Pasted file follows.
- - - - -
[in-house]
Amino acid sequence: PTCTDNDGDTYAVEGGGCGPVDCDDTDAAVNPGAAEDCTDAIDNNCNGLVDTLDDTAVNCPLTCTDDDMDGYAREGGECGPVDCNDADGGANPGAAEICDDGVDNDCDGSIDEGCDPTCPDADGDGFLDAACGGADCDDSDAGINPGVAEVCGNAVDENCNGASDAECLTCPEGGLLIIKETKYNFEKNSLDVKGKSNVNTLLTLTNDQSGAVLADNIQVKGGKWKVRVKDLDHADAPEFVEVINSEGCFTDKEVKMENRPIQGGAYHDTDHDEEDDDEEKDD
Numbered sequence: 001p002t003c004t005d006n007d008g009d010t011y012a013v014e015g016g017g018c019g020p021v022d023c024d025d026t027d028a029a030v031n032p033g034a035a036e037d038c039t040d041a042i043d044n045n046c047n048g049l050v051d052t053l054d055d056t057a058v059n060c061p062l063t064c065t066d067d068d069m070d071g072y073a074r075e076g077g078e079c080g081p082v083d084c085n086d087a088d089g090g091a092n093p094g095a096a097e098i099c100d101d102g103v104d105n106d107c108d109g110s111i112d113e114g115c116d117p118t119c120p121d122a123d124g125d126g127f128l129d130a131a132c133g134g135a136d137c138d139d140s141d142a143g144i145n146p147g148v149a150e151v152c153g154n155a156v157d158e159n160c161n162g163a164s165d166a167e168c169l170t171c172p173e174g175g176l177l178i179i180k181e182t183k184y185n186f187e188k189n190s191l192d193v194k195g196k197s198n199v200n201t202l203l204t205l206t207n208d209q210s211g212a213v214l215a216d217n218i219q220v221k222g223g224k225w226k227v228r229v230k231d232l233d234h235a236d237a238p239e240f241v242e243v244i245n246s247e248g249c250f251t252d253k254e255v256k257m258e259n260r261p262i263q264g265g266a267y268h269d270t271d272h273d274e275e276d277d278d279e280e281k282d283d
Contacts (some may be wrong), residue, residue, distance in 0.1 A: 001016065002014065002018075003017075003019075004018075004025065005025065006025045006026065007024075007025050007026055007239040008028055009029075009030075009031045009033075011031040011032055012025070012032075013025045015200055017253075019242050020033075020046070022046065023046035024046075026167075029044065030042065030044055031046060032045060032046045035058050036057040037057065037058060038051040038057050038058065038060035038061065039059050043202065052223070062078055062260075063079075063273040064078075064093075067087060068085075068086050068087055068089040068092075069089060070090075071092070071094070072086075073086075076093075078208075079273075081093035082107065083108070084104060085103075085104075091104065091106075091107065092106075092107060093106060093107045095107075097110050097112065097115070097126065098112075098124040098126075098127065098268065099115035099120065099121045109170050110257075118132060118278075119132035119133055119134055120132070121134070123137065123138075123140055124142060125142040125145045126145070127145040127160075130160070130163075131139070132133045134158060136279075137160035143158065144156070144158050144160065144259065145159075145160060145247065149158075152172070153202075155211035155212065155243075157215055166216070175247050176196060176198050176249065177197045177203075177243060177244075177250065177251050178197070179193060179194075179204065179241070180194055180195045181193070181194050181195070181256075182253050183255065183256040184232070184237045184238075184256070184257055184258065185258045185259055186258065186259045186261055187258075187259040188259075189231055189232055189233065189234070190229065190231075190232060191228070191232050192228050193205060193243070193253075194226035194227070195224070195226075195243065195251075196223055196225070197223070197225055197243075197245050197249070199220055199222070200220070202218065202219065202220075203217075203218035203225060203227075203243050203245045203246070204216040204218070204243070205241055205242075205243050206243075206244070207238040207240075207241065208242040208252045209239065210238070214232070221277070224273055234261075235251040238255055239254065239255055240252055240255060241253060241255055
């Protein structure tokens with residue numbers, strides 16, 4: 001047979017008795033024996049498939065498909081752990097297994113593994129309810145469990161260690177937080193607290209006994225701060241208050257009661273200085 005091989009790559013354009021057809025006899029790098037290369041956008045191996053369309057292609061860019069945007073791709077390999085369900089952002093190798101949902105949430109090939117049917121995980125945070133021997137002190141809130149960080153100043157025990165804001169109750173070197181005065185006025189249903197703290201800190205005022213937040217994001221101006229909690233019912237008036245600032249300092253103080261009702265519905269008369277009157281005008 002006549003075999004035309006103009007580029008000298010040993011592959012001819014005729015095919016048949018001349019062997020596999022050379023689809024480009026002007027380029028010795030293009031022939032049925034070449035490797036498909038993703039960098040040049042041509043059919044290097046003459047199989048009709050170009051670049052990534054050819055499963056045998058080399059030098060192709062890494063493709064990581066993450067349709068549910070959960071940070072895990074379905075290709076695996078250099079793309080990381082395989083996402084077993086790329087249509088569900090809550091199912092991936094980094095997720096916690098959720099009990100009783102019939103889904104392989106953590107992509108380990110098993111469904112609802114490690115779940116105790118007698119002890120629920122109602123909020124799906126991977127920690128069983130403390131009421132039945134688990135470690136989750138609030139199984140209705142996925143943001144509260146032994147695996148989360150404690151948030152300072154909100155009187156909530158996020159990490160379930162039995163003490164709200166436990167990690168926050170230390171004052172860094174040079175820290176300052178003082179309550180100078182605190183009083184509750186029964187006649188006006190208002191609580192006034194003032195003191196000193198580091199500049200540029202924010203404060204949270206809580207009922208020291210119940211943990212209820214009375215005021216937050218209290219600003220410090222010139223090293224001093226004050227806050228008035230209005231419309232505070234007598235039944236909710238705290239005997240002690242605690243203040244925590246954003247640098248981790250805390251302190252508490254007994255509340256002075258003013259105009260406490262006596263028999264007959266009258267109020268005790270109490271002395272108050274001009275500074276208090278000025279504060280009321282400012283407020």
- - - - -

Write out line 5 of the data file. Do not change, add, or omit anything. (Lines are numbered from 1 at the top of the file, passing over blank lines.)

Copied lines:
């Protein structure tokens with residue numbers, strides 16, 4: 001047979017008795033024996049498939065498909081752990097297994113593994129309810145469990161260690177937080193607290209006994225701060241208050257009661273200085 005091989009790559013354009021057809025006899029790098037290369041956008045191996053369309057292609061860019069945007073791709077390999085369900089952002093190798101949902105949430109090939117049917121995980125945070133021997137002190141809130149960080153100043157025990165804001169109750173070197181005065185006025189249903197703290201800190205005022213937040217994001221101006229909690233019912237008036245600032249300092253103080261009702265519905269008369277009157281005008 002006549003075999004035309006103009007580029008000298010040993011592959012001819014005729015095919016048949018001349019062997020596999022050379023689809024480009026002007027380029028010795030293009031022939032049925034070449035490797036498909038993703039960098040040049042041509043059919044290097046003459047199989048009709050170009051670049052990534054050819055499963056045998058080399059030098060192709062890494063493709064990581066993450067349709068549910070959960071940070072895990074379905075290709076695996078250099079793309080990381082395989083996402084077993086790329087249509088569900090809550091199912092991936094980094095997720096916690098959720099009990100009783102019939103889904104392989106953590107992509108380990110098993111469904112609802114490690115779940116105790118007698119002890120629920122109602123909020124799906126991977127920690128069983130403390131009421132039945134688990135470690136989750138609030139199984140209705142996925143943001144509260146032994147695996148989360150404690151948030152300072154909100155009187156909530158996020159990490160379930162039995163003490164709200166436990167990690168926050170230390171004052172860094174040079175820290176300052178003082179309550180100078182605190183009083184509750186029964187006649188006006190208002191609580192006034194003032195003191196000193198580091199500049200540029202924010203404060204949270206809580207009922208020291210119940211943990212209820214009375215005021216937050218209290219600003220410090222010139223090293224001093226004050227806050228008035230209005231419309232505070234007598235039944236909710238705290239005997240002690242605690243203040244925590246954003247640098248981790250805390251302190252508490254007994255509340256002075258003013259105009260406490262006596263028999264007959266009258267109020268005790270109490271002395272108050274001009275500074276208090278000025279504060280009321282400012283407020």